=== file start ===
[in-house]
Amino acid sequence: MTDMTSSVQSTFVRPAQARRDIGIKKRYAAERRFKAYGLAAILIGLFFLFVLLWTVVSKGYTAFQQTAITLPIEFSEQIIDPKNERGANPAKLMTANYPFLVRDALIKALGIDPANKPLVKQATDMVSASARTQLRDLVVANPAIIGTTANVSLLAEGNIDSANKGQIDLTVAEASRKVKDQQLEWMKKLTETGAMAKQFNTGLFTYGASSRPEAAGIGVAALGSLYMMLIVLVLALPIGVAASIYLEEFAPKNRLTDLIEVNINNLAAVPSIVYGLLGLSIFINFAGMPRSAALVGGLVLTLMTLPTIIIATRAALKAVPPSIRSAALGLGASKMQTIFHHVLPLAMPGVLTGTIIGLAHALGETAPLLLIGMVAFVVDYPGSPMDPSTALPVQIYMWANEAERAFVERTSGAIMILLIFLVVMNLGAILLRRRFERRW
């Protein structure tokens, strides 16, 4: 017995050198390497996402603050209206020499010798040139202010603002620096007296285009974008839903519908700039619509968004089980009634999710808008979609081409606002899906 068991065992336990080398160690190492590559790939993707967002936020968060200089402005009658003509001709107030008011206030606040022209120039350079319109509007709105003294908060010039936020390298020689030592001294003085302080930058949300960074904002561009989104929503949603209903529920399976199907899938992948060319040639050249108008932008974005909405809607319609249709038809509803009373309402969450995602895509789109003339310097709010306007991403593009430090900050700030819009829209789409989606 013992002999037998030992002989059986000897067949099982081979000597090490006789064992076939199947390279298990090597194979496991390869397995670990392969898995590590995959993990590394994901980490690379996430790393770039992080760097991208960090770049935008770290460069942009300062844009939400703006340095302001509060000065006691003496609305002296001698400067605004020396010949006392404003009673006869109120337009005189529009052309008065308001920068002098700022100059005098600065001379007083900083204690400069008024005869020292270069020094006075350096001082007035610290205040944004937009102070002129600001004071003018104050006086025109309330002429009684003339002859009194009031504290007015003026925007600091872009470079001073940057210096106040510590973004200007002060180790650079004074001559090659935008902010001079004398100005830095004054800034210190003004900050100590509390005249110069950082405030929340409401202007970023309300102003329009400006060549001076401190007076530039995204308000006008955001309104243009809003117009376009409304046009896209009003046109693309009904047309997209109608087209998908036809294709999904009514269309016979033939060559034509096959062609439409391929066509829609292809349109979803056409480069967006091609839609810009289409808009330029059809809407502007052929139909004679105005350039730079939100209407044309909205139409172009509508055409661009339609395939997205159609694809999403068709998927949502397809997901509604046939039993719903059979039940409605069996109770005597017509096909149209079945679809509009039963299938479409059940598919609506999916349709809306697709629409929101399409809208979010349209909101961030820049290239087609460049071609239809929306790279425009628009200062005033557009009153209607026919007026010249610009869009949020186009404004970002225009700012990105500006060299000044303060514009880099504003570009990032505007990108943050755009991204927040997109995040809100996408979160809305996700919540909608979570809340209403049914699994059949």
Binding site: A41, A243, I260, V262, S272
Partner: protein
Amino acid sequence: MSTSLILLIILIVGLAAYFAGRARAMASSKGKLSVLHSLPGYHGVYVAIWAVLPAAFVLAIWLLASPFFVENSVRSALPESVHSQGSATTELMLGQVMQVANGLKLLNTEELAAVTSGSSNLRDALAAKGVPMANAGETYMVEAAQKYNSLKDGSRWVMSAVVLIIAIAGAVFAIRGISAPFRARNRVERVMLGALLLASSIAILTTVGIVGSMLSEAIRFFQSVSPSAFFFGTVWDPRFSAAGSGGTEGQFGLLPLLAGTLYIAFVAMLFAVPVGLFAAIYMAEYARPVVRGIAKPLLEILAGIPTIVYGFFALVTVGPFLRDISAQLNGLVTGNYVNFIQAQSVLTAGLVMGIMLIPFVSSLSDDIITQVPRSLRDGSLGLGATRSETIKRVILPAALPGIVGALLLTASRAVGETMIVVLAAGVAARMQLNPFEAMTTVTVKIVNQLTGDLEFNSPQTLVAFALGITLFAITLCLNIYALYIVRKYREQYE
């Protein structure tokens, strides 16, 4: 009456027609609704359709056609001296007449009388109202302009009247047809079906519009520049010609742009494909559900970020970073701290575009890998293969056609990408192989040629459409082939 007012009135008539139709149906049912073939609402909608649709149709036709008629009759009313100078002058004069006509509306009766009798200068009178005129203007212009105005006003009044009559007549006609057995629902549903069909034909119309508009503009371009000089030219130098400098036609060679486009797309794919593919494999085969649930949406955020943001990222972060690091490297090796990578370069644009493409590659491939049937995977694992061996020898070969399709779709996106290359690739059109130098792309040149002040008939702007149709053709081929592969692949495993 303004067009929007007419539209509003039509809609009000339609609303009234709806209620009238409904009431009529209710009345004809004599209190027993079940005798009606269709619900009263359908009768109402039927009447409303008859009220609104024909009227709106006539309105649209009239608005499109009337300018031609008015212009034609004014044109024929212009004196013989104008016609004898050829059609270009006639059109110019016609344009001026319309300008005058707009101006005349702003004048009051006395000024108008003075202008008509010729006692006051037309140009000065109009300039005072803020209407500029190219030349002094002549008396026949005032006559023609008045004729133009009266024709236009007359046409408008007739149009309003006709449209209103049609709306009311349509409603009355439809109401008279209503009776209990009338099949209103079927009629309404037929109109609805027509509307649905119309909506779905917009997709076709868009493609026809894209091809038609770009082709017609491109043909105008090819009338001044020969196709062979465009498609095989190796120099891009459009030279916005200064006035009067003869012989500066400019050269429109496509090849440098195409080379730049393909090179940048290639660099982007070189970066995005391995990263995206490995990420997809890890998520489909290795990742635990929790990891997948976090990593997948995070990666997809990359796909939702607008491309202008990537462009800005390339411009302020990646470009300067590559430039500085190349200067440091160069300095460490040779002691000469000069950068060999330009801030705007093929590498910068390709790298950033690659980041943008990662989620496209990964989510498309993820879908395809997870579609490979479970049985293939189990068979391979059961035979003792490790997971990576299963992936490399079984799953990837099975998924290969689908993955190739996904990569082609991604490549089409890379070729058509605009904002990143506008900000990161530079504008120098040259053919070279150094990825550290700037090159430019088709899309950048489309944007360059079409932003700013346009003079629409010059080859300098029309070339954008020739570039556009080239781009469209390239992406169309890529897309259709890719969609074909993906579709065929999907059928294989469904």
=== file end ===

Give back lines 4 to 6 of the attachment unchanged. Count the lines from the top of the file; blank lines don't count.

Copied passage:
Binding site: A41, A243, I260, V262, S272
Partner: protein
Amino acid sequence: MSTSLILLIILIVGLAAYFAGRARAMASSKGKLSVLHSLPGYHGVYVAIWAVLPAAFVLAIWLLASPFFVENSVRSALPESVHSQGSATTELMLGQVMQVANGLKLLNTEELAAVTSGSSNLRDALAAKGVPMANAGETYMVEAAQKYNSLKDGSRWVMSAVVLIIAIAGAVFAIRGISAPFRARNRVERVMLGALLLASSIAILTTVGIVGSMLSEAIRFFQSVSPSAFFFGTVWDPRFSAAGSGGTEGQFGLLPLLAGTLYIAFVAMLFAVPVGLFAAIYMAEYARPVVRGIAKPLLEILAGIPTIVYGFFALVTVGPFLRDISAQLNGLVTGNYVNFIQAQSVLTAGLVMGIMLIPFVSSLSDDIITQVPRSLRDGSLGLGATRSETIKRVILPAALPGIVGALLLTASRAVGETMIVVLAAGVAARMQLNPFEAMTTVTVKIVNQLTGDLEFNSPQTLVAFALGITLFAITLCLNIYALYIVRKYREQYE